It just so happens that one of the best places to find a short, convenient summary of the entire story of the Exodus, is in the beginning of this week’s Parsha. (This summary is so good, that it serves as the core of some of the most critical sections of the Passover Haggadah). After it describes the deterioration of the Jews’ relationship with the Egyptians and their prayers for redemption, it moves on to the actual Exodus by sharing what finally moved God to end their suffering. “God heard our voice and saw our affliction, our travail, and our oppression.” The story then continues with God taking us out of Egypt with an outstretched arm.
The Vilna Gaon assumes, as we would expect, that if the Torah wanted to merely emphasize the severity of the hardship that our ancestors suffered it would do so in fewer words. Instead, the Torah provides a full list of three words that all seemingly indicate some type of suffering. It must be, writes the Vilna Gaon, that they actually each describe a very specific aspect of the Egyptian servitude. His explanation of the last phrase in the list, “our oppression,” is not at all what we would expect. “Our oppression” refers, very specifically, to the lack of a nice place to live. The Gaon explains that a nice home is one of the things that gives a person peace of mind. The Egyptians drowned untold numbers of Jewish new-born in the Nile, enslaved us and mercilessly persecuted our people – and according to the Vilna Gaon, God was worried about our less-than-ideal living quarters?! Apparently, this verse reveals some of God’s rules of the game of running the universe. God doesn’t just act based on monumental and outstandingly good or bad circumstances. Non-remarkably good or bad circumstances, like the comfort of one’s living conditions, also play a role in His ledger book.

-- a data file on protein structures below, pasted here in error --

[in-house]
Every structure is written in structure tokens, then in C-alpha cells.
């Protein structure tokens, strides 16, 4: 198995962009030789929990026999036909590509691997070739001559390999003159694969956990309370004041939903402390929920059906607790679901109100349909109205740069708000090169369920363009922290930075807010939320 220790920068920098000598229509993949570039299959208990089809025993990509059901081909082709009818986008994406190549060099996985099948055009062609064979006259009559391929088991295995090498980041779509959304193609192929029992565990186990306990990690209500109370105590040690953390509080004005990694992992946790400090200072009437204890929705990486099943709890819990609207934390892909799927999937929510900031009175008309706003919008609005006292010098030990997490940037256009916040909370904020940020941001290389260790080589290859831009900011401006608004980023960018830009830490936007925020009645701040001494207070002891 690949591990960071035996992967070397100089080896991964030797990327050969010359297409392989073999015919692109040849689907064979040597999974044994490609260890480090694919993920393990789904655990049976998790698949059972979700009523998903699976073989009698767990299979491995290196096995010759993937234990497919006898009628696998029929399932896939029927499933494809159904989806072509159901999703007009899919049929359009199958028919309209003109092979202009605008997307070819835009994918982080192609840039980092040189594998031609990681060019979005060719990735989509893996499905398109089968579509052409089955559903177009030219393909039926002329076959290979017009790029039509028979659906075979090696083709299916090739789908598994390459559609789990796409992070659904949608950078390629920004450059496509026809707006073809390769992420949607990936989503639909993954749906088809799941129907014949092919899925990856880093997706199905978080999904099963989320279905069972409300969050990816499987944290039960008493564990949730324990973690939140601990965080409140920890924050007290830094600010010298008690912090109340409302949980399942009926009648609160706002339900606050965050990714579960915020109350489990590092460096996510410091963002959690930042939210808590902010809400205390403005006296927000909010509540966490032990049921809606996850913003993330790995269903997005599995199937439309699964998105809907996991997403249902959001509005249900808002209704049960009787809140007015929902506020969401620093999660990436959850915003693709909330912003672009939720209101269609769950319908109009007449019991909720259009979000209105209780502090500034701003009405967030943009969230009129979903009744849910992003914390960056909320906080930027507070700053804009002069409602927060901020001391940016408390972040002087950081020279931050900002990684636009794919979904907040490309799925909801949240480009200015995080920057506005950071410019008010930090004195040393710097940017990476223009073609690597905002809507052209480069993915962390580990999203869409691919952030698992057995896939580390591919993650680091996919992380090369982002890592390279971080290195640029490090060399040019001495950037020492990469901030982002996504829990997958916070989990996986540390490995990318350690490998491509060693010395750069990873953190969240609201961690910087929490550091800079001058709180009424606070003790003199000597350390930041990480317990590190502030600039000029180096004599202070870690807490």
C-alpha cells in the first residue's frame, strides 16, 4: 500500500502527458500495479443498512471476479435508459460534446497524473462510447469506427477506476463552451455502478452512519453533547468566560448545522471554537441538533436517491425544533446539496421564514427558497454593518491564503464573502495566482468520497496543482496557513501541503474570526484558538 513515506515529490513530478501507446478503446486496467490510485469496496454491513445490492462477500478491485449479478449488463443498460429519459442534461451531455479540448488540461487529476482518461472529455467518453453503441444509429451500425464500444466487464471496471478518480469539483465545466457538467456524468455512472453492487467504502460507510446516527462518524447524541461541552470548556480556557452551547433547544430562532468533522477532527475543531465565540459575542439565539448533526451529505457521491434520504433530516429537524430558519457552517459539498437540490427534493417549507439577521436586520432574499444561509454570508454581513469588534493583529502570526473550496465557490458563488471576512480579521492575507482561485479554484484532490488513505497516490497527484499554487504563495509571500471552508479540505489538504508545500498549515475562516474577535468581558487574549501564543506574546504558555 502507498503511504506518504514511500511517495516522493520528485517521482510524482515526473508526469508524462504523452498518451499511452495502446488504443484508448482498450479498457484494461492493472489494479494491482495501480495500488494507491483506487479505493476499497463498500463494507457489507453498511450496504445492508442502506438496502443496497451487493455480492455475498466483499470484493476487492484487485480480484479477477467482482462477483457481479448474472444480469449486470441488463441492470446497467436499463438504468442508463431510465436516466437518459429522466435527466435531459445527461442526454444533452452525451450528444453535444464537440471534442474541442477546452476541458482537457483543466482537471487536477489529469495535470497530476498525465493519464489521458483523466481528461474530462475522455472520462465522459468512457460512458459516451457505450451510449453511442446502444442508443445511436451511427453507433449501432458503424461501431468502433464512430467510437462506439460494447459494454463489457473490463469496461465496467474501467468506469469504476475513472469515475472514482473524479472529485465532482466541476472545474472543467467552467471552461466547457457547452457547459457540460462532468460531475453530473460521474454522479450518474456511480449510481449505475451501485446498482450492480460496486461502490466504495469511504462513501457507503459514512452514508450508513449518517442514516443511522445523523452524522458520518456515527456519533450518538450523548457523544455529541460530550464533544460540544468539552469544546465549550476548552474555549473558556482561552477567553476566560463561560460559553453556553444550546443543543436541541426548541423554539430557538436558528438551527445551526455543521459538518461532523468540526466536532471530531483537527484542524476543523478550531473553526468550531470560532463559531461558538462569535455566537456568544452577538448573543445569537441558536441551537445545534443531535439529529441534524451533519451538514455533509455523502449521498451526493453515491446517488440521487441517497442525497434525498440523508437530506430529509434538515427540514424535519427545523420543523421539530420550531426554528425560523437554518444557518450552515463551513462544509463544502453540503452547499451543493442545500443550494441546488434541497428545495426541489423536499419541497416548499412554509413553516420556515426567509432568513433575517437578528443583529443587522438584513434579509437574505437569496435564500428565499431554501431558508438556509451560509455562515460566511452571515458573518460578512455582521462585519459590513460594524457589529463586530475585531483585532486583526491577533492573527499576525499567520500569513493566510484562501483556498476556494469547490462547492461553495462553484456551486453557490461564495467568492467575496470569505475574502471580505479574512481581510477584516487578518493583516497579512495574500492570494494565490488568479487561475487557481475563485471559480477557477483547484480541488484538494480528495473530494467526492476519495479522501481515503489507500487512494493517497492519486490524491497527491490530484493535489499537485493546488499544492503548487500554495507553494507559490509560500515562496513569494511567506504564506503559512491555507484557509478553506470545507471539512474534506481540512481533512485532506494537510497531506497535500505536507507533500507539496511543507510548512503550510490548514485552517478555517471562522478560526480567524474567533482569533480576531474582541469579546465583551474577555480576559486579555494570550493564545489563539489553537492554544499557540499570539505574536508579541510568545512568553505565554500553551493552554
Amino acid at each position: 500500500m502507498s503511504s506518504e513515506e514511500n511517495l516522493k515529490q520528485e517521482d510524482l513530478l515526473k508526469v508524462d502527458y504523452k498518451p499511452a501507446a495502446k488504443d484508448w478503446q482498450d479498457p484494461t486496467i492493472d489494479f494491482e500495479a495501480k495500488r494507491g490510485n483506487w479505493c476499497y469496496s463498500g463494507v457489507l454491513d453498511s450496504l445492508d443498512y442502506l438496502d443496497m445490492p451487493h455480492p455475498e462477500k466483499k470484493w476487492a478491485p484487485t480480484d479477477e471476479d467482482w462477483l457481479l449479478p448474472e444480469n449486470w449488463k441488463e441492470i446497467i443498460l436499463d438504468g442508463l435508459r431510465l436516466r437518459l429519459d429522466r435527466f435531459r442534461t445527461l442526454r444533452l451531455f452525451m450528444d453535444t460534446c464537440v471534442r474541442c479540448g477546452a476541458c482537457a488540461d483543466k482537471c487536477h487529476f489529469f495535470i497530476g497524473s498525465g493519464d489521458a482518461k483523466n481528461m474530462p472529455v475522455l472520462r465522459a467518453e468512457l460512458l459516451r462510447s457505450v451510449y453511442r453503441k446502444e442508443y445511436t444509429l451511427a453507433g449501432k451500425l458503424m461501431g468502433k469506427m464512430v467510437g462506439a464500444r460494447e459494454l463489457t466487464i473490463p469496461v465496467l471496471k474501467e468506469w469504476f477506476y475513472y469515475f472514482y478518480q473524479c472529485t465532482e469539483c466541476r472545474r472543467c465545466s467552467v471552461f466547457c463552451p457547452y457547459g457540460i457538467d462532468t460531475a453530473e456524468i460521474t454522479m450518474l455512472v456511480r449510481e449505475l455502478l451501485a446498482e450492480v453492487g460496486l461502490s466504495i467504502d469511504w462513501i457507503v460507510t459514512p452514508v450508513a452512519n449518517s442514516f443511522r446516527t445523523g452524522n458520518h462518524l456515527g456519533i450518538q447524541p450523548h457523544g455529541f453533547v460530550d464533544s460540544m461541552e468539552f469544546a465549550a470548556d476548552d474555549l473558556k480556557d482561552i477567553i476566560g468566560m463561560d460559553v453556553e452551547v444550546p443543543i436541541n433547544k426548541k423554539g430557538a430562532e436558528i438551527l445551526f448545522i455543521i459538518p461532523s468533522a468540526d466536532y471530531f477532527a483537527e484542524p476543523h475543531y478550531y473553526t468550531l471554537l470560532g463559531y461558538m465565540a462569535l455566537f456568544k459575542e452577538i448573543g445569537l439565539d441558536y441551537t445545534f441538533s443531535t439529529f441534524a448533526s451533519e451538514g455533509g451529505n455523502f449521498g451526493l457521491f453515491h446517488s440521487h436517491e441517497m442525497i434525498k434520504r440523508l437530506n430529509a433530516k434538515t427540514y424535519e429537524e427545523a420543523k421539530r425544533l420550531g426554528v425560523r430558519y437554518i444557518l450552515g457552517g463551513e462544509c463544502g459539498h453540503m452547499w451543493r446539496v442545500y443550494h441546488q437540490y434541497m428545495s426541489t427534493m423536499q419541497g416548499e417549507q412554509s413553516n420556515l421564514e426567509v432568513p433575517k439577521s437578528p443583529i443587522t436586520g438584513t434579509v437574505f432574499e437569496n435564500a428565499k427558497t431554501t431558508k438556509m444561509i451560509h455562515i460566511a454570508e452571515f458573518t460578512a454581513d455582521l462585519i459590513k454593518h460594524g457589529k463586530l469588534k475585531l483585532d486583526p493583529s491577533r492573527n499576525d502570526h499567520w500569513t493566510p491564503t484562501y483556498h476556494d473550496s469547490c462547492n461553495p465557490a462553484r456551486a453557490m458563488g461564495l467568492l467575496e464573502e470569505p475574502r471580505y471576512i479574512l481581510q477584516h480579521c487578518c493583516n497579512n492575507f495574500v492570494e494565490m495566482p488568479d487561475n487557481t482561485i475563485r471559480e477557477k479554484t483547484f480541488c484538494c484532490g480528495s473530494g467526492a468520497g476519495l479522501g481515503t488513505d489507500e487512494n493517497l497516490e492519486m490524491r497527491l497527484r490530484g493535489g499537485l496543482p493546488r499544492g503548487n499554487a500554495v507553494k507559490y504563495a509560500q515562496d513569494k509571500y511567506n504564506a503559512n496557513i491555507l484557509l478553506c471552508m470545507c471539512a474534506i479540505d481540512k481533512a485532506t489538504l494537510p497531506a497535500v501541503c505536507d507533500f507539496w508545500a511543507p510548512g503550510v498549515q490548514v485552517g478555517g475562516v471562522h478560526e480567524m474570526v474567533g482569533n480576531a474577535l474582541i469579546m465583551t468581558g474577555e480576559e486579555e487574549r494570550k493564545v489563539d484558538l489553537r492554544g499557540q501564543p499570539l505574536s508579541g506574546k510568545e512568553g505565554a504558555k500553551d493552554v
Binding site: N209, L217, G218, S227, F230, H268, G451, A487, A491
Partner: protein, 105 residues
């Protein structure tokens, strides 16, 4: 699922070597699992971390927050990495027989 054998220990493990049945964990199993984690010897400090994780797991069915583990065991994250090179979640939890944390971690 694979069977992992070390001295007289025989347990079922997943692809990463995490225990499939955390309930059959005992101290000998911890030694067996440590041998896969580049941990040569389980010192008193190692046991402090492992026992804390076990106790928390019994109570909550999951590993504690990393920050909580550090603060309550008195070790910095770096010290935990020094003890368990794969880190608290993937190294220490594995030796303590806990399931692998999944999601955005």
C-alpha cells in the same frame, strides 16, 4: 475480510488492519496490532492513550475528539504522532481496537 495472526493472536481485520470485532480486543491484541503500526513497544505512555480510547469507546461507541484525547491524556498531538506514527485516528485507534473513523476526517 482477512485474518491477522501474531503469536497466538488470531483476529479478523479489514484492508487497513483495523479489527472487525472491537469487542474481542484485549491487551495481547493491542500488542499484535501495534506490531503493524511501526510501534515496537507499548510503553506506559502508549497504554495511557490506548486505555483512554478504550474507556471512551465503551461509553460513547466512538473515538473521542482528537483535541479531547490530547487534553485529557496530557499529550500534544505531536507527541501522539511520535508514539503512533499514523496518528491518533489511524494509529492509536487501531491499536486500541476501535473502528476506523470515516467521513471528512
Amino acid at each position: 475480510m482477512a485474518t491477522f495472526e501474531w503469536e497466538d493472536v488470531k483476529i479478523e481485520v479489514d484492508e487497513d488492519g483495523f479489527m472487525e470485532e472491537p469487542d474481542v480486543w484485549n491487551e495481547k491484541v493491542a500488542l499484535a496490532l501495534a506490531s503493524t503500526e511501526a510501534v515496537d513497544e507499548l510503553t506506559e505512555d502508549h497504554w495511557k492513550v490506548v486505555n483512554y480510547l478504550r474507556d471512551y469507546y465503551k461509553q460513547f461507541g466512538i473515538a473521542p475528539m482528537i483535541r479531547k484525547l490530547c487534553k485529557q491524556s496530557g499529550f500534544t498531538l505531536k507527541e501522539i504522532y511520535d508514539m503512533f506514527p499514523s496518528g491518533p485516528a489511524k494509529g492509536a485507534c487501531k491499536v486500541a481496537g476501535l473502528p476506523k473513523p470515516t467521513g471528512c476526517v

I believe that this verse, accompanied by the Gaon’s explanation, reveals another significant message. Our living environment, it would have seemed to me, would be similar to our clothing. The Torah gives a few rules related to clothing – if it has four corners it requires Tzizit, we may not wear linen and wool mixtures. Otherwise, as long as our clothing is dignified and modest, the Torah doesn’t dictate the style, taste, color or anything else about our wardrobe. Jews may wear any style or type of clothing that they wish. Why would our homes be any different? As long as we have Mezuzos, a safety fence around our roof, and smoke detectors, nothing else should matter as far as the Torah is concerned.
The Torah’s specification of “our oppression” changes that assumption. Our homes must be peace-of-mind homes. The Torah does value what our house is like. It is interesting to brainstorm and consider (and fantasize!) what might be the requirements of this type of home. Is the message that our home must be a certain minimal size, or is it saying that it should be clutter-free? Have we finally found evidence that a Jew absolutely must hire a housekeeper, and does it possible justify hiring a good interior designer? Everyone’s peace of mind is effected in different ways by their living space. An unexpected message of this Parsha is the value that the Torah puts on our comfort and its appreciation of appropriate shelter as an essential human need.